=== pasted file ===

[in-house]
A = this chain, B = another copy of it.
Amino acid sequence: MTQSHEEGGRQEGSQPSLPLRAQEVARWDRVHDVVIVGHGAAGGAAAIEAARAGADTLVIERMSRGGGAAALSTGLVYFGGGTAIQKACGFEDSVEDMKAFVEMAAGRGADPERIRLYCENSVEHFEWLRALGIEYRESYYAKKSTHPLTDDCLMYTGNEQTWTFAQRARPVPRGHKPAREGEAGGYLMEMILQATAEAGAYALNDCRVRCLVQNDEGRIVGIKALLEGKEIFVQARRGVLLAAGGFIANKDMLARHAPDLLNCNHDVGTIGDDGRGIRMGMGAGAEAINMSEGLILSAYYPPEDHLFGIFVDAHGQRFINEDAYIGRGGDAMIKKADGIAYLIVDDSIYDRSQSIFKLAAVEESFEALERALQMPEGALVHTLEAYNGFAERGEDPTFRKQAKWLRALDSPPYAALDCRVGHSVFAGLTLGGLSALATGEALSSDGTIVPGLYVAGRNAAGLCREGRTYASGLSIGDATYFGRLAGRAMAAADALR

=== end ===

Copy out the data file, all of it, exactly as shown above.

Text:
[in-house]
A = this chain, B = another copy of it.
Amino acid sequence: MTQSHEEGGRQEGSQPSLPLRAQEVARWDRVHDVVIVGHGAAGGAAAIEAARAGADTLVIERMSRGGGAAALSTGLVYFGGGTAIQKACGFEDSVEDMKAFVEMAAGRGADPERIRLYCENSVEHFEWLRALGIEYRESYYAKKSTHPLTDDCLMYTGNEQTWTFAQRARPVPRGHKPAREGEAGGYLMEMILQATAEAGAYALNDCRVRCLVQNDEGRIVGIKALLEGKEIFVQARRGVLLAAGGFIANKDMLARHAPDLLNCNHDVGTIGDDGRGIRMGMGAGAEAINMSEGLILSAYYPPEDHLFGIFVDAHGQRFINEDAYIGRGGDAMIKKADGIAYLIVDDSIYDRSQSIFKLAAVEESFEALERALQMPEGALVHTLEAYNGFAERGEDPTFRKQAKWLRALDSPPYAALDCRVGHSVFAGLTLGGLSALATGEALSSDGTIVPGLYVAGRNAAGLCREGRTYASGLSIGDATYFGRLAGRAMAAADALR